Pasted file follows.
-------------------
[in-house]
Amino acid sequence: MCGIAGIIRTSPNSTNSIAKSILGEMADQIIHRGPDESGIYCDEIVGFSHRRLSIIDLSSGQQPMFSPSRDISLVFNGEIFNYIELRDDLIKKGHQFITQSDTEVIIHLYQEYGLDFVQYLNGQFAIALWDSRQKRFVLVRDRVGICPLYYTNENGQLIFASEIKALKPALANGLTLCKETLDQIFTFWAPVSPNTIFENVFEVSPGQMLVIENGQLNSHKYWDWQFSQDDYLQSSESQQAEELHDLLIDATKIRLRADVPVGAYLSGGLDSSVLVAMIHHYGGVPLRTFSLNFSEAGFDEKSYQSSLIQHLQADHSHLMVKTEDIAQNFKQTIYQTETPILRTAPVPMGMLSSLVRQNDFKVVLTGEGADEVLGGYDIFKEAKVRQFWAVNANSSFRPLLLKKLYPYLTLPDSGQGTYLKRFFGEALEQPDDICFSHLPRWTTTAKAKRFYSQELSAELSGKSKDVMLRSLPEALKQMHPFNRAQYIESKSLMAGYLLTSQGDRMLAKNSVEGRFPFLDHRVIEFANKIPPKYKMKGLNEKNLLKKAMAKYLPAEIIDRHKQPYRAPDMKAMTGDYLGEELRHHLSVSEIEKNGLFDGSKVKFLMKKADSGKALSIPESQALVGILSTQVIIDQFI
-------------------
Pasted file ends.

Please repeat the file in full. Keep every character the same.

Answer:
[in-house]
Amino acid sequence: MCGIAGIIRTSPNSTNSIAKSILGEMADQIIHRGPDESGIYCDEIVGFSHRRLSIIDLSSGQQPMFSPSRDISLVFNGEIFNYIELRDDLIKKGHQFITQSDTEVIIHLYQEYGLDFVQYLNGQFAIALWDSRQKRFVLVRDRVGICPLYYTNENGQLIFASEIKALKPALANGLTLCKETLDQIFTFWAPVSPNTIFENVFEVSPGQMLVIENGQLNSHKYWDWQFSQDDYLQSSESQQAEELHDLLIDATKIRLRADVPVGAYLSGGLDSSVLVAMIHHYGGVPLRTFSLNFSEAGFDEKSYQSSLIQHLQADHSHLMVKTEDIAQNFKQTIYQTETPILRTAPVPMGMLSSLVRQNDFKVVLTGEGADEVLGGYDIFKEAKVRQFWAVNANSSFRPLLLKKLYPYLTLPDSGQGTYLKRFFGEALEQPDDICFSHLPRWTTTAKAKRFYSQELSAELSGKSKDVMLRSLPEALKQMHPFNRAQYIESKSLMAGYLLTSQGDRMLAKNSVEGRFPFLDHRVIEFANKIPPKYKMKGLNEKNLLKKAMAKYLPAEIIDRHKQPYRAPDMKAMTGDYLGEELRHHLSVSEIEKNGLFDGSKVKFLMKKADSGKALSIPESQALVGILSTQVIIDQFI